Out of print - 'The Commission' magazine nears its end

The Commission no longer goes to the ends of the
earth - at least not the printed Southern Baptist
version.

What that means for Southern Baptists' efforts to
carry out the Great Commission remains to be seen.

The Commission no longer goes to the ends of the
earth - at least not the printed Southern Baptist
version.

What that means for Southern Baptists' efforts to
carry out the Great Commission remains to be seen.

In June, citing a $10 million budget shortfall, the
Southern Baptist International Mission Board cut 37
jobs and suspended publication of its
250,000-circulation magazine, The Commission.
Projected annual savings include $800,000 in
printing and postage costs, in addition to an
undisclosed amount for the salaries and benefits of
terminated staff members.

The board's communications staff bore the brunt of
the layoffs. By one count, 14 employees from the
department responsible for publication of the
65-year-old magazine were terminated, including
several with more than 30 years of agency
experience. An on-line edition of The Commission
will continue.

The cuts came despite the fact that research showed
The Commission played a significant role in raising
money for the board, recruiting career missionaries
and informing church leaders about missions.

The Commission "has as her most lasting legacy the
untold thousands of Christians who found their
concern for missions heightened by what they found
in her pages," said longtime Editor Leland Webb, now
retired. "Because of (The Commission), many
advocates of missions bowed their heads in prayer
and reached into pocket or purse to give extra
dollars."

The Commission also was the only Southern Baptist
publication consistently to earn respect and
accolades from the secular media. More importantly,
Webb said the magazine "earned a hearing for the
gospel and missions in the editorial offices of some
major publications whose staffs respected quality
wherever they saw it."

Former International Mission Board photographer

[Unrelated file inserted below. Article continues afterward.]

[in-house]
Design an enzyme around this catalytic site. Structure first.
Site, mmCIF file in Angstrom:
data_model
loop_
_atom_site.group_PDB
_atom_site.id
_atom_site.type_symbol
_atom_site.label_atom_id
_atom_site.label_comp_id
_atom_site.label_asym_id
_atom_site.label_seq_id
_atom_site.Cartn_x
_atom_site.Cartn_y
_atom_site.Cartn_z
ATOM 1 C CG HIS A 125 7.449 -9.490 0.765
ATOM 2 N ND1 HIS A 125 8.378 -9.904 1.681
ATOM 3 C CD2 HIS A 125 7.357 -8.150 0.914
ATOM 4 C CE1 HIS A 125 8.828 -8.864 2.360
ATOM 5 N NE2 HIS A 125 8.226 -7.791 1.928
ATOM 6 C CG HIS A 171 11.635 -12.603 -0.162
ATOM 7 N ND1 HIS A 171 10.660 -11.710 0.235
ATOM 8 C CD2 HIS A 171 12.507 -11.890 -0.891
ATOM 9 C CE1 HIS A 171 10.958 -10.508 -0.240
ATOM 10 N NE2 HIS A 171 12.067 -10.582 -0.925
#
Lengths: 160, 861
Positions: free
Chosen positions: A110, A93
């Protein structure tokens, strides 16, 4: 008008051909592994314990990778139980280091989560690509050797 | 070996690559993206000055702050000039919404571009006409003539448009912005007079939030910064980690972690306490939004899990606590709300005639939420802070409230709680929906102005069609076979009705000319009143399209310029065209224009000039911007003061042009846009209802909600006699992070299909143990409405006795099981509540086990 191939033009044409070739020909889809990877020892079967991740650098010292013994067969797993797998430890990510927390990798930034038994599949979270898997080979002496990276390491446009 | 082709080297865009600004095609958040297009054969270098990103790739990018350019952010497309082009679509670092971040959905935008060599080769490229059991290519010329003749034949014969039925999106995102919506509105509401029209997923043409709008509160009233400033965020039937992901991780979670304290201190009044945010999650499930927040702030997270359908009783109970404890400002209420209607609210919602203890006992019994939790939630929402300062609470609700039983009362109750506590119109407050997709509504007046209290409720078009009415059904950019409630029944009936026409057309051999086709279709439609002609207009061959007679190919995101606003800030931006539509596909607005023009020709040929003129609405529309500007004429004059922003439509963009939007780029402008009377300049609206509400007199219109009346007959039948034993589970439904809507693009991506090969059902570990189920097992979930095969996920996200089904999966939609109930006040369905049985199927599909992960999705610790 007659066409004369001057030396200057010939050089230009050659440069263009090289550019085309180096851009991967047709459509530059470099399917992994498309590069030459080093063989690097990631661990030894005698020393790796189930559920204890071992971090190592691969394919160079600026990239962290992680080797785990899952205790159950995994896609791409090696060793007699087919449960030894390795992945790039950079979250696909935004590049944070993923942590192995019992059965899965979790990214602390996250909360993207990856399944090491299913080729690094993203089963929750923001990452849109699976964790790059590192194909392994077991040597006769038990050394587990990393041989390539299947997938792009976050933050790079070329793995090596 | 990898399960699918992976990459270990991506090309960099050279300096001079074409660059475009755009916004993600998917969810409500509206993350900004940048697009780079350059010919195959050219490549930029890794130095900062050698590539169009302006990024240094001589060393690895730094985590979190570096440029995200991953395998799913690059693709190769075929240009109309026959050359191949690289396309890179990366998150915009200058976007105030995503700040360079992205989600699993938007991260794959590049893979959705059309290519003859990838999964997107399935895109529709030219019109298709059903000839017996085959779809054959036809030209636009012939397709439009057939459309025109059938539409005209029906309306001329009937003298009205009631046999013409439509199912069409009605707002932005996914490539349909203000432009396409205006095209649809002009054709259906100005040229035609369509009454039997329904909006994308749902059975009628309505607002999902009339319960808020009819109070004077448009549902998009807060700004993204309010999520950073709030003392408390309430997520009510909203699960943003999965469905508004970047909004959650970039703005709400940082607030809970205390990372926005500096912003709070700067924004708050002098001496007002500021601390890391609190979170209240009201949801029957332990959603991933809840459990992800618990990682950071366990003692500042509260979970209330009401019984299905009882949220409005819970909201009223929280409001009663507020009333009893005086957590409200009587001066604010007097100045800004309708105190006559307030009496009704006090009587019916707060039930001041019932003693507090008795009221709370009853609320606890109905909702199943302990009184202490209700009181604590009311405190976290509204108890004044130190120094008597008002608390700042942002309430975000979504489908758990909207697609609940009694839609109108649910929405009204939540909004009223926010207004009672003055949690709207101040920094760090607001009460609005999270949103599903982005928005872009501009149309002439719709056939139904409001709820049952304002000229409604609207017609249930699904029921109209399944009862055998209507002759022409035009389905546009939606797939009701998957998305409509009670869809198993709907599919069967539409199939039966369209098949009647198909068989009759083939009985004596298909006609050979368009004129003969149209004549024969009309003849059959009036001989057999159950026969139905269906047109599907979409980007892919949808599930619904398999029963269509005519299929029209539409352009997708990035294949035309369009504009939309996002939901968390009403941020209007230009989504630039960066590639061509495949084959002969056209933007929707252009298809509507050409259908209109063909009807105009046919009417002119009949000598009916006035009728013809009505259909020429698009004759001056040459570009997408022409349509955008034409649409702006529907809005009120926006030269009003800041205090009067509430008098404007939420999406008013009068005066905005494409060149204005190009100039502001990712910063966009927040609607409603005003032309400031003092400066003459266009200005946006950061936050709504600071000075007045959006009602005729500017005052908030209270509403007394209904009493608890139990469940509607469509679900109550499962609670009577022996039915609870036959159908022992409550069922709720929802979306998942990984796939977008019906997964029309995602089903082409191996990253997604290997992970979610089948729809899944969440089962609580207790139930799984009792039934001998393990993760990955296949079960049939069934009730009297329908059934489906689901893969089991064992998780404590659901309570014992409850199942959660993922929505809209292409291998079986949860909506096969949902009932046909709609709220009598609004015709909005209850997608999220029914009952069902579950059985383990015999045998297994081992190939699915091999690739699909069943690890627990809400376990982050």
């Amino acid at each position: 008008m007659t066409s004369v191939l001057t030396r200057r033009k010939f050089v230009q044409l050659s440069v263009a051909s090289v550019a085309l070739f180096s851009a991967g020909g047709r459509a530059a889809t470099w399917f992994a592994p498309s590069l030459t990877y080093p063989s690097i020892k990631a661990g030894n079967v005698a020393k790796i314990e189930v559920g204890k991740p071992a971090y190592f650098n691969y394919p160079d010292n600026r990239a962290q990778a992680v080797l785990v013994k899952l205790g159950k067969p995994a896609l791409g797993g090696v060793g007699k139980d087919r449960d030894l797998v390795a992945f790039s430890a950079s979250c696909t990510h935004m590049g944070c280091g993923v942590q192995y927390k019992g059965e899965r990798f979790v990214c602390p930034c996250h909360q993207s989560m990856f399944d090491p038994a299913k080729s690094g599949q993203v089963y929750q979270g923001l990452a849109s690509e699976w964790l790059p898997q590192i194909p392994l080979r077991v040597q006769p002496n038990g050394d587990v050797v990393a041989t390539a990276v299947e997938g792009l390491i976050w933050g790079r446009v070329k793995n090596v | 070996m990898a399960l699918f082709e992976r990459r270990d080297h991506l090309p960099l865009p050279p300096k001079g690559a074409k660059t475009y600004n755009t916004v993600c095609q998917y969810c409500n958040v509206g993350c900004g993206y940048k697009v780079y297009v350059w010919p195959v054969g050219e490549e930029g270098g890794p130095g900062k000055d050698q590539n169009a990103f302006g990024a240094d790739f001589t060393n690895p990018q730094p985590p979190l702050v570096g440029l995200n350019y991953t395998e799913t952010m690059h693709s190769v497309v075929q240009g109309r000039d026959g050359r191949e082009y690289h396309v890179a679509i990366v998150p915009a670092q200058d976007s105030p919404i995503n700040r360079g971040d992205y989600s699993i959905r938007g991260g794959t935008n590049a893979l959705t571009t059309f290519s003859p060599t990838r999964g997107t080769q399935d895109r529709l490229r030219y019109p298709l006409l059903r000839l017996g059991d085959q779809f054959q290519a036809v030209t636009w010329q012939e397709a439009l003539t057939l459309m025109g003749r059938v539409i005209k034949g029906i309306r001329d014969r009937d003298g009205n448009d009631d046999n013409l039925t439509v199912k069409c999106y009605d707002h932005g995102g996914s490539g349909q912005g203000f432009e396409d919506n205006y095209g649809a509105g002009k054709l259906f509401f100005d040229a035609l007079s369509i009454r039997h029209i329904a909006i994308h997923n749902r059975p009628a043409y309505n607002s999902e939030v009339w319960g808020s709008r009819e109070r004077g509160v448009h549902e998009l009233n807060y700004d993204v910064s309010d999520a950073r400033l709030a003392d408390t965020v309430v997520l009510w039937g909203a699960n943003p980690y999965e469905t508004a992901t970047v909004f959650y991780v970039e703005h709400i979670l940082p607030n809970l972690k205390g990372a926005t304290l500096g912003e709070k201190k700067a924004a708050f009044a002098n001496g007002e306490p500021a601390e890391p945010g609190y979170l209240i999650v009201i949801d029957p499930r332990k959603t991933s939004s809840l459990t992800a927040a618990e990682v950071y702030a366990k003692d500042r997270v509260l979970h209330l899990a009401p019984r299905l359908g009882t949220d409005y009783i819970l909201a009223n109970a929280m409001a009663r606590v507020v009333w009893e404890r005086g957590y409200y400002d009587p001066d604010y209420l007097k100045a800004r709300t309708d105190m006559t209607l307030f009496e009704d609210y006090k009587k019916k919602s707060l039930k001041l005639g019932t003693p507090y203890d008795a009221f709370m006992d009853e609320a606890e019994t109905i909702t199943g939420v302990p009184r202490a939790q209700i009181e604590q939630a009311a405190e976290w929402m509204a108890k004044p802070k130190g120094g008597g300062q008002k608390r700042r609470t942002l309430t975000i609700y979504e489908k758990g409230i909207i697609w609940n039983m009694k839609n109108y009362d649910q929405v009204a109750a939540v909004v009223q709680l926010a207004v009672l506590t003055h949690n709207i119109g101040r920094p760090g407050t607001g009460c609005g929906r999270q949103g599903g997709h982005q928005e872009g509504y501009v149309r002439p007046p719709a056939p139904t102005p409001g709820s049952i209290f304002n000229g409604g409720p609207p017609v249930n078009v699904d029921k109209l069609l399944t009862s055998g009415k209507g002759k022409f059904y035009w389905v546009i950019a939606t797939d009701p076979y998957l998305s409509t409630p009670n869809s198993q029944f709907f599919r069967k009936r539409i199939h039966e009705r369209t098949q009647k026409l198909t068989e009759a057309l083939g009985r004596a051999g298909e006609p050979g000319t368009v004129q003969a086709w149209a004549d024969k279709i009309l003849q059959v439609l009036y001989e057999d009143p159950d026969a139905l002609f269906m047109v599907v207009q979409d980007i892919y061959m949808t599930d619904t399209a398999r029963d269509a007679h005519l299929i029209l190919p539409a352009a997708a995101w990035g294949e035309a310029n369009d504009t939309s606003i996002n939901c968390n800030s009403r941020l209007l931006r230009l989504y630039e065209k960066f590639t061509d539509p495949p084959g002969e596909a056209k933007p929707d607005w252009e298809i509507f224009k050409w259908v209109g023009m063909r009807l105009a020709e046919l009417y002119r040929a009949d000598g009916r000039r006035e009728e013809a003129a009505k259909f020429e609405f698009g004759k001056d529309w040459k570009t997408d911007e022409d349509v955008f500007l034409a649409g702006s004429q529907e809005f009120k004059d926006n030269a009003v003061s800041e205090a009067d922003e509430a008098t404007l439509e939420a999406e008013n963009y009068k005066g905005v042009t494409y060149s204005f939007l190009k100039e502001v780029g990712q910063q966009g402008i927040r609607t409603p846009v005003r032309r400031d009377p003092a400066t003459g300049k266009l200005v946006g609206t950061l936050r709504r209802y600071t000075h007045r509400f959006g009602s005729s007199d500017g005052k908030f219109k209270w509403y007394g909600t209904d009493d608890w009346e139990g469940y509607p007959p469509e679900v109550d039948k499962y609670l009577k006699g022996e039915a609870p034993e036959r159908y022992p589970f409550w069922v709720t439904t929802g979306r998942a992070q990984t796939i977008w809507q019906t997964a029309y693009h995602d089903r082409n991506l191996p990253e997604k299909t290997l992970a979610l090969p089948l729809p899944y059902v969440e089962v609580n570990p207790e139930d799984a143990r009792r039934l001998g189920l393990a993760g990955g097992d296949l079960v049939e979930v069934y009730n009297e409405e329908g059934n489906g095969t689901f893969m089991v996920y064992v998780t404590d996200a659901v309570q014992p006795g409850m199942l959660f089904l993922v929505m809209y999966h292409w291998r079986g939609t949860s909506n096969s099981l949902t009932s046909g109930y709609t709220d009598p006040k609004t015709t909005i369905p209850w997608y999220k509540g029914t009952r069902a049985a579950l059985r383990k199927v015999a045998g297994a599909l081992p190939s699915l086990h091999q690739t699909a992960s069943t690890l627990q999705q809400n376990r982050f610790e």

Charles Ledford was a new Christian when he applied
for a job with National Geographic.

"They didn't have any openings but encouraged me to
contact The Commission, since it was doing great
things visually," said Ledford, who last year was
nominated for the Pulitzer Prize in photography for
his work for USA Weekend.

The Commission was a training ground for
photographers, designers and writers, such as
Pulitzer-nominated Joanna Pinneo, who left the board
to become a photographer for U.S. News and World
Report.

Of course, the high cost of the glossy, color
publication always attracted the attention of budget
cutters, Webb admitted. However, until now, the
value received was judged to justify the expense.
Webb said his research indicates 46 percent of
career missionaries surveyed between 1986 and 1993
said the magazine played a part in their career
decisions.

A 1993 report also noted the board had received more
than $10.5 million in trusts, wills or other types
of gifts from contacts first made through The
Commission.

One former Southern Baptist missions leader said
loss of the magazine was like losing a family
member. Several terminated employees declined to
discuss the matter. The severance agreements signed
by the former employees reportedly limit what they
can say about the board and the magazine.

Mission board spokesperson Mark Kelly said nothing
has been said about whether the magazine might
resume print publication.

The final regular issue of the magazine will be
distributed in August. The November issue also will
be produced to support the annual missions offering.
Kelly said the move does not affect the board's
overseas correspondent system, which employs
journalists and photographers as career
missionaries. The correspondents were frequent
writers for the magazine. "We still have the on-line
version as well as many other channels of
communicating with Southern Baptists," he said.

The Commission "was not afraid to compete with the
big boys from the secular world of journalism," Webb
recalled.

The magazine frequently garnered national awards
alongside National Geographic, Newsweek and Life -
including top honors for photography and editing.

The demise of the magazine gives former managing
editor Kathy Wade pause "because I know the impact
(it) has had on individual lives, individual
ministries and individual decisions to be stronger
believers in Christ," she said.

"It's not just 56 pages of stories and photographs winning all types of
journalism awards," added Wade, whose position was cut recently. "It's
been a testament of how God is continually working through his people."
(ABP)

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